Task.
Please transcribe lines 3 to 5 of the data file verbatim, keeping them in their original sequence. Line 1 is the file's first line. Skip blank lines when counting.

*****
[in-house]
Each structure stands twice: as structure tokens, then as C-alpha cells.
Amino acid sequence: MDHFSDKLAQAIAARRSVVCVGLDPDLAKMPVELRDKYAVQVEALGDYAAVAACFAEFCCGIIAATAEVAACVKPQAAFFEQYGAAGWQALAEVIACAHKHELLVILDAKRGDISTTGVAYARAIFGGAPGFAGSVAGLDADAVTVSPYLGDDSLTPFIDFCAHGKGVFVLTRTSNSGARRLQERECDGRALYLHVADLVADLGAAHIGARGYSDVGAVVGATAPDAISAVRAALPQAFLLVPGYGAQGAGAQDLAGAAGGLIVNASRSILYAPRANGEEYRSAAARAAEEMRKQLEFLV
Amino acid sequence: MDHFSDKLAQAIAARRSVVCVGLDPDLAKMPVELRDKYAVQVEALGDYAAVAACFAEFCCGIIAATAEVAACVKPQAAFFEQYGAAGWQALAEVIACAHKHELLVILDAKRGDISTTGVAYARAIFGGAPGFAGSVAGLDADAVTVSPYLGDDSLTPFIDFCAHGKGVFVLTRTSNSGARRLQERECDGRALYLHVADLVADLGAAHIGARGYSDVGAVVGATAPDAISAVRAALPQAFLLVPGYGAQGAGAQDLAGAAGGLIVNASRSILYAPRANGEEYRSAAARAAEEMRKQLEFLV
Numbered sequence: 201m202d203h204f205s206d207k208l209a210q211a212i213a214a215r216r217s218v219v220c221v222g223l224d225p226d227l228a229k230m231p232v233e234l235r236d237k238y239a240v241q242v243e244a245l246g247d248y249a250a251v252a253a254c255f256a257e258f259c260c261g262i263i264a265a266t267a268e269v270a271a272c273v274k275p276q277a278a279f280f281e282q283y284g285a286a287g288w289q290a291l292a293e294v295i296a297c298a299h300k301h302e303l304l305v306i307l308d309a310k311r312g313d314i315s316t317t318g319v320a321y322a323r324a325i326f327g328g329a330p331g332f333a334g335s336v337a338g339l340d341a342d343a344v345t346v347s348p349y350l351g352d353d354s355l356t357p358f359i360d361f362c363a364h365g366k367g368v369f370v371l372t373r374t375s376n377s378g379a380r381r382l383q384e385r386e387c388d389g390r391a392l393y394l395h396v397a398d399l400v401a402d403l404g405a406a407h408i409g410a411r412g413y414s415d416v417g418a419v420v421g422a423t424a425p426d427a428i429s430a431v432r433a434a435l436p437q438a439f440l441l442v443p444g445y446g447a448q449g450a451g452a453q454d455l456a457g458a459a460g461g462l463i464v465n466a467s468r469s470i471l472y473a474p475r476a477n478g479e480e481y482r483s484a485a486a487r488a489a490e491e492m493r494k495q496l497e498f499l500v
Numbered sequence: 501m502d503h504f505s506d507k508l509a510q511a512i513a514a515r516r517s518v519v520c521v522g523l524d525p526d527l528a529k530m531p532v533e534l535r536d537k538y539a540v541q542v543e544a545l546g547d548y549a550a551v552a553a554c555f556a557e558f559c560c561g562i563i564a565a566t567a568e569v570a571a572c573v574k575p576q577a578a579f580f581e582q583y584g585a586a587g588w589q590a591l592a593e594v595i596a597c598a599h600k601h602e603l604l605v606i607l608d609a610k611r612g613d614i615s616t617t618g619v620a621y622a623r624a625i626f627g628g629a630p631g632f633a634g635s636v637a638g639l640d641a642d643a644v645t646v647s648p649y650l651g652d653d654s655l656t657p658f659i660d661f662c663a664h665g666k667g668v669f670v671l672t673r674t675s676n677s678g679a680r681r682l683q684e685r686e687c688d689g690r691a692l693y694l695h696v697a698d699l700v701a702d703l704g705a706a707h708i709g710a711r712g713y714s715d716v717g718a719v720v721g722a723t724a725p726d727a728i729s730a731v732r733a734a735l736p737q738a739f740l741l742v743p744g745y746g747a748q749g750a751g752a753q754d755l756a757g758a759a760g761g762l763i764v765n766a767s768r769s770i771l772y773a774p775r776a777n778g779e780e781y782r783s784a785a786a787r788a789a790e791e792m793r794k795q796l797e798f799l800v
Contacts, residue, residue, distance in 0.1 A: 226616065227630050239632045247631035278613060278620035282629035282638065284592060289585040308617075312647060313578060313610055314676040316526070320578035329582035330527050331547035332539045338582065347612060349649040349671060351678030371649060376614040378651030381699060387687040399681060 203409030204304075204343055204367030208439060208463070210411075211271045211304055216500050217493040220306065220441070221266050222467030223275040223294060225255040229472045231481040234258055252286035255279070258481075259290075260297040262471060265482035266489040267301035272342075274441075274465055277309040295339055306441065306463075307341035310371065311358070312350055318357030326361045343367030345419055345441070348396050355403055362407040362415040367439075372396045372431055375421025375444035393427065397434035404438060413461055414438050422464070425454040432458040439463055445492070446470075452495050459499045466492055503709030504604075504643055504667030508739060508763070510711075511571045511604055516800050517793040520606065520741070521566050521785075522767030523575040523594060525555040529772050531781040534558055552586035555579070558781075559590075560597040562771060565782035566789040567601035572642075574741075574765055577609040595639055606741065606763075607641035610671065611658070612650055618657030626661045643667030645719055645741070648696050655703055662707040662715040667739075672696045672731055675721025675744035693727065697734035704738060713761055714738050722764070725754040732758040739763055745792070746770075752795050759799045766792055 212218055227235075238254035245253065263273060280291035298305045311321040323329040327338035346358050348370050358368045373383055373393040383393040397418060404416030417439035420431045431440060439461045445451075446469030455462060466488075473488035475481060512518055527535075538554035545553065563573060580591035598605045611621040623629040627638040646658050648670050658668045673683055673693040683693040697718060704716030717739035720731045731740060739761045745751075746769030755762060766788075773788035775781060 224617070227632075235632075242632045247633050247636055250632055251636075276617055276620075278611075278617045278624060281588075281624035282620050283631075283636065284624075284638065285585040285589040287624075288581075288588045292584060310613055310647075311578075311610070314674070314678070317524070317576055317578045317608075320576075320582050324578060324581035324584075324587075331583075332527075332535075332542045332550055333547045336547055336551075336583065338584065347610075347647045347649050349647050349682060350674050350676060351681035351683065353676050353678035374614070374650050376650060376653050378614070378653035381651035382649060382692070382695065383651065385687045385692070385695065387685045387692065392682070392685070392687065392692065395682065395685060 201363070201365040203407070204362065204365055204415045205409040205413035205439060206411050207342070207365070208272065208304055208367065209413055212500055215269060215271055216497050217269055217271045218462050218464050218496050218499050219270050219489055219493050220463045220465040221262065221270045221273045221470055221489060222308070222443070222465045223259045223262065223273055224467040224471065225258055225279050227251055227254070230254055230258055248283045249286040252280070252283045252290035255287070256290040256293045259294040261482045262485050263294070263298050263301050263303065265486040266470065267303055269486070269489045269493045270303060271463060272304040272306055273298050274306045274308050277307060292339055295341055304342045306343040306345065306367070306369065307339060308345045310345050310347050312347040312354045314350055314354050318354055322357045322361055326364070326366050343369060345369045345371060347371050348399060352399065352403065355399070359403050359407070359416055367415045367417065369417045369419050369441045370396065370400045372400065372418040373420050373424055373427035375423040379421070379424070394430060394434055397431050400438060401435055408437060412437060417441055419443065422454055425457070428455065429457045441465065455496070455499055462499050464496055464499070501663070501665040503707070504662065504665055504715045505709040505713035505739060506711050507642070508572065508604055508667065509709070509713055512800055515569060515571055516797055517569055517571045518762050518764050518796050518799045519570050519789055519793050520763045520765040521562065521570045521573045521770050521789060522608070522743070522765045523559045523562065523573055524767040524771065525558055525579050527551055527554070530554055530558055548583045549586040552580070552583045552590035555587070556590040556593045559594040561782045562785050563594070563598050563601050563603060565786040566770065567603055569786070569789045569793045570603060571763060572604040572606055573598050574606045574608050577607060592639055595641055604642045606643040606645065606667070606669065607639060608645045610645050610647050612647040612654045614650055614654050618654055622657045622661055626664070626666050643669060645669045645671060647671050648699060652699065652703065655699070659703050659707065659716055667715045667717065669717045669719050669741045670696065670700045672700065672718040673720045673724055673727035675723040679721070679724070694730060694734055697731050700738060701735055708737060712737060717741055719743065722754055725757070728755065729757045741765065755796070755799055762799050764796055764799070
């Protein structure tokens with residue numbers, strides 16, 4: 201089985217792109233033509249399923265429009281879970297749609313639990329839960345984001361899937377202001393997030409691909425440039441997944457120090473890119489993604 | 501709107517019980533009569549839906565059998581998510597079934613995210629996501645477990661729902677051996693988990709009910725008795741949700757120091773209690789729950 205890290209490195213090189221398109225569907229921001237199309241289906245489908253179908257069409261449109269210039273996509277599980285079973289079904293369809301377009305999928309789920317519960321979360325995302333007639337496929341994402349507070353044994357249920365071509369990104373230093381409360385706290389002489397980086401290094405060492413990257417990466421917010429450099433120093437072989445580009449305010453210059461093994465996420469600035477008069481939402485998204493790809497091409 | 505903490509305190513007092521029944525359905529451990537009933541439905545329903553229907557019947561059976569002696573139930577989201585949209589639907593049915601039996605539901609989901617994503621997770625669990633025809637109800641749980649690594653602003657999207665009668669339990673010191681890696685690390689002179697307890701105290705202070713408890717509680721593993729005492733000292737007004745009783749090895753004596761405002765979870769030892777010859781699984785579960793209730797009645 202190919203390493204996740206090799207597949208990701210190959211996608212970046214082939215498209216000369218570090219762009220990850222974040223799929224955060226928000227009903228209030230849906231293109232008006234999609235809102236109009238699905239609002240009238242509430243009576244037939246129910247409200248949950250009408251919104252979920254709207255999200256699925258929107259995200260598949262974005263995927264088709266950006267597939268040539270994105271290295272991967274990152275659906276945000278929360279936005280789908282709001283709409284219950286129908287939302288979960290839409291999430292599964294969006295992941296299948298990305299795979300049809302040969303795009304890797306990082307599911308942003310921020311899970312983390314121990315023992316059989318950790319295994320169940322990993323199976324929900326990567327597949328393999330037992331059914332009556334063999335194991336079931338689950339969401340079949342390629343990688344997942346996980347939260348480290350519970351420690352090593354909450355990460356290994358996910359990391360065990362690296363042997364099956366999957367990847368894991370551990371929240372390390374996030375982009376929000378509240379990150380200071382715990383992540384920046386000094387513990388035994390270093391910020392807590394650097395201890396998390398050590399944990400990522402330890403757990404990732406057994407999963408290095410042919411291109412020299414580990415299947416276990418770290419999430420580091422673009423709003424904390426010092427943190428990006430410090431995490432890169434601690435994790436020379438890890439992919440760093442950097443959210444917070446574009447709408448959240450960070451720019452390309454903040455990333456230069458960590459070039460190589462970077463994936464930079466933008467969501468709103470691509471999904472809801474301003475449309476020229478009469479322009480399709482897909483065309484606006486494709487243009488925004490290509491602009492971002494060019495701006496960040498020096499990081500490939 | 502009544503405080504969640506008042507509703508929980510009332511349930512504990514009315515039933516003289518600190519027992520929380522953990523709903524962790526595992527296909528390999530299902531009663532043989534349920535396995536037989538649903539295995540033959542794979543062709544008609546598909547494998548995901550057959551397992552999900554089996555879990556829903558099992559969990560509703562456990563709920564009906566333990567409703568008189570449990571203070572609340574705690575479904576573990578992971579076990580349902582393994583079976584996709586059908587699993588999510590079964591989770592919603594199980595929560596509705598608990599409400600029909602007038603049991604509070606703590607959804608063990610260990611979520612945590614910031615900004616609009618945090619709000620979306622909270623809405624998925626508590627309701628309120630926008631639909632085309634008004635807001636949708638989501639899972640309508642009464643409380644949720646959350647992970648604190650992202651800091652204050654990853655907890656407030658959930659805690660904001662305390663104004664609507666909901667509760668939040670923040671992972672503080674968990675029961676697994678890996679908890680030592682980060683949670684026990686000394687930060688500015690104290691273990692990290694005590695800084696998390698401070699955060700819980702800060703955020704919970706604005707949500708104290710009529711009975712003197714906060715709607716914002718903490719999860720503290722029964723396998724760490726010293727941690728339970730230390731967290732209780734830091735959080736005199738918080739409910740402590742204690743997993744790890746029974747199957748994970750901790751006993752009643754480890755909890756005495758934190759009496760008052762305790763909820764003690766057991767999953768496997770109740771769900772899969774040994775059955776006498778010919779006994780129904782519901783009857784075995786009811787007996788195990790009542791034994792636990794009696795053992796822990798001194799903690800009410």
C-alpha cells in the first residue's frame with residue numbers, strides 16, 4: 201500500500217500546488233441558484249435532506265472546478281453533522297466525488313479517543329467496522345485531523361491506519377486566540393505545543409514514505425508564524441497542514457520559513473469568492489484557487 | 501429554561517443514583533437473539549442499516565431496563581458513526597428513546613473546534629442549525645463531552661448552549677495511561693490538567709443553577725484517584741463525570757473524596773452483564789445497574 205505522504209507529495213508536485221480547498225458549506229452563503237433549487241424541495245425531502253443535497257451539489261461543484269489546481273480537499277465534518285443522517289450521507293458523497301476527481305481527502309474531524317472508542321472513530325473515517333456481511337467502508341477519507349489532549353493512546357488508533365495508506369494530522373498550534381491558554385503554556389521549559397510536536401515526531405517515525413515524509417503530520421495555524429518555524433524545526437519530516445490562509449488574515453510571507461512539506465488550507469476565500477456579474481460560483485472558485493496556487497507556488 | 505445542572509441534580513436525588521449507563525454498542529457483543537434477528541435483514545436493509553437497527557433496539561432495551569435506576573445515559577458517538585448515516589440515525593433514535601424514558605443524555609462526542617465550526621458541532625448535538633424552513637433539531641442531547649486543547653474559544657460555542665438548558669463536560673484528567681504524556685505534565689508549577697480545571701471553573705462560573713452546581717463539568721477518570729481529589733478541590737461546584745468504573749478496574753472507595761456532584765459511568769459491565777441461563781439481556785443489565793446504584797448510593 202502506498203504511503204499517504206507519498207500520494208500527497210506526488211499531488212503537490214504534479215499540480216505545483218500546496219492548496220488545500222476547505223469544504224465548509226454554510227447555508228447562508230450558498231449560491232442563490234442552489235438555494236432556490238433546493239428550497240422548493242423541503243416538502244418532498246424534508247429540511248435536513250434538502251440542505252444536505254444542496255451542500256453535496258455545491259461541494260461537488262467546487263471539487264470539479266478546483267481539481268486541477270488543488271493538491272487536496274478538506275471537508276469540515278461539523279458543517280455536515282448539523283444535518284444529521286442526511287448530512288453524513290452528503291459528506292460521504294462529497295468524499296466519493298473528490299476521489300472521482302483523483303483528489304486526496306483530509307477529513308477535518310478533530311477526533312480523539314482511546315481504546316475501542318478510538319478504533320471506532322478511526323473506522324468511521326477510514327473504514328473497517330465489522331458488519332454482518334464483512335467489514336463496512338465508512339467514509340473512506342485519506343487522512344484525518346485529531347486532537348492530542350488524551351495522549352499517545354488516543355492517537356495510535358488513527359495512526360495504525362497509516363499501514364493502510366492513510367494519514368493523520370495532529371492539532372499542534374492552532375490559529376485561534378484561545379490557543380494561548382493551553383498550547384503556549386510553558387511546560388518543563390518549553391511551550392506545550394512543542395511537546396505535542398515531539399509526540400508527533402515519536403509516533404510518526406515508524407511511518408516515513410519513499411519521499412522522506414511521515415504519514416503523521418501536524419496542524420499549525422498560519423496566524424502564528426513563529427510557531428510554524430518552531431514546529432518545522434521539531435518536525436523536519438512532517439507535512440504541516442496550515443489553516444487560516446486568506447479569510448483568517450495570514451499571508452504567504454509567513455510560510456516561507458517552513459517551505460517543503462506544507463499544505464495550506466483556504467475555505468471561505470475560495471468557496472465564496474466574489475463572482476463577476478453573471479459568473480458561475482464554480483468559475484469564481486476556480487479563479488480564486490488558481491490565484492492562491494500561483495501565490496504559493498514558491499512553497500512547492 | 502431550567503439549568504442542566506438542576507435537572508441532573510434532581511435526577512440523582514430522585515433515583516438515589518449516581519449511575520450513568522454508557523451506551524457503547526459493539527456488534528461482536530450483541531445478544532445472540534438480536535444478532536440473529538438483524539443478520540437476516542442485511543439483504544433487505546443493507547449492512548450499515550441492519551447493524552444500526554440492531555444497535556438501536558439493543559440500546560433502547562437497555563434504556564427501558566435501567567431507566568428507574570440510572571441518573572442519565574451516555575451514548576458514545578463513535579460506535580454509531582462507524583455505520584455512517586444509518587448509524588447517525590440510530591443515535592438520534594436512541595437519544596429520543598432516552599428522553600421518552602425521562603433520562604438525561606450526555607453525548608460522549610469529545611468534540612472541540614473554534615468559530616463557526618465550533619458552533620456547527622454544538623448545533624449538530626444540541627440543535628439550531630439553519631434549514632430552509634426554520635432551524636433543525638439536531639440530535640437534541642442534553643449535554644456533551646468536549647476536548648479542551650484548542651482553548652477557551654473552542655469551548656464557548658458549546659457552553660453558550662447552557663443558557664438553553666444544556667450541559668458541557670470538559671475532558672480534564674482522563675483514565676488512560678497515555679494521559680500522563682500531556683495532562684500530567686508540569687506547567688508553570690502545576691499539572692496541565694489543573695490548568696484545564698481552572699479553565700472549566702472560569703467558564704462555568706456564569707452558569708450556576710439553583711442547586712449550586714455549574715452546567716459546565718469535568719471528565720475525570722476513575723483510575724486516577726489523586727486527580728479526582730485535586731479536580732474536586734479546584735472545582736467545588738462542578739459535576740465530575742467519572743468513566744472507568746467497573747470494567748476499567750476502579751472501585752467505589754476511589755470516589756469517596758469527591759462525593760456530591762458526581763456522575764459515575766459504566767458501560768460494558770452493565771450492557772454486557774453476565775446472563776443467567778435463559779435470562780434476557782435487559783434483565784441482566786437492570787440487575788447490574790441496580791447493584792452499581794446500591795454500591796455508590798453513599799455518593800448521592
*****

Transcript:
Amino acid sequence: MDHFSDKLAQAIAARRSVVCVGLDPDLAKMPVELRDKYAVQVEALGDYAAVAACFAEFCCGIIAATAEVAACVKPQAAFFEQYGAAGWQALAEVIACAHKHELLVILDAKRGDISTTGVAYARAIFGGAPGFAGSVAGLDADAVTVSPYLGDDSLTPFIDFCAHGKGVFVLTRTSNSGARRLQERECDGRALYLHVADLVADLGAAHIGARGYSDVGAVVGATAPDAISAVRAALPQAFLLVPGYGAQGAGAQDLAGAAGGLIVNASRSILYAPRANGEEYRSAAARAAEEMRKQLEFLV
Amino acid sequence: MDHFSDKLAQAIAARRSVVCVGLDPDLAKMPVELRDKYAVQVEALGDYAAVAACFAEFCCGIIAATAEVAACVKPQAAFFEQYGAAGWQALAEVIACAHKHELLVILDAKRGDISTTGVAYARAIFGGAPGFAGSVAGLDADAVTVSPYLGDDSLTPFIDFCAHGKGVFVLTRTSNSGARRLQERECDGRALYLHVADLVADLGAAHIGARGYSDVGAVVGATAPDAISAVRAALPQAFLLVPGYGAQGAGAQDLAGAAGGLIVNASRSILYAPRANGEEYRSAAARAAEEMRKQLEFLV
Numbered sequence: 201m202d203h204f205s206d207k208l209a210q211a212i213a214a215r216r217s218v219v220c221v222g223l224d225p226d227l228a229k230m231p232v233e234l235r236d237k238y239a240v241q242v243e244a245l246g247d248y249a250a251v252a253a254c255f256a257e258f259c260c261g262i263i264a265a266t267a268e269v270a271a272c273v274k275p276q277a278a279f280f281e282q283y284g285a286a287g288w289q290a291l292a293e294v295i296a297c298a299h300k301h302e303l304l305v306i307l308d309a310k311r312g313d314i315s316t317t318g319v320a321y322a323r324a325i326f327g328g329a330p331g332f333a334g335s336v337a338g339l340d341a342d343a344v345t346v347s348p349y350l351g352d353d354s355l356t357p358f359i360d361f362c363a364h365g366k367g368v369f370v371l372t373r374t375s376n377s378g379a380r381r382l383q384e385r386e387c388d389g390r391a392l393y394l395h396v397a398d399l400v401a402d403l404g405a406a407h408i409g410a411r412g413y414s415d416v417g418a419v420v421g422a423t424a425p426d427a428i429s430a431v432r433a434a435l436p437q438a439f440l441l442v443p444g445y446g447a448q449g450a451g452a453q454d455l456a457g458a459a460g461g462l463i464v465n466a467s468r469s470i471l472y473a474p475r476a477n478g479e480e481y482r483s484a485a486a487r488a489a490e491e492m493r494k495q496l497e498f499l500v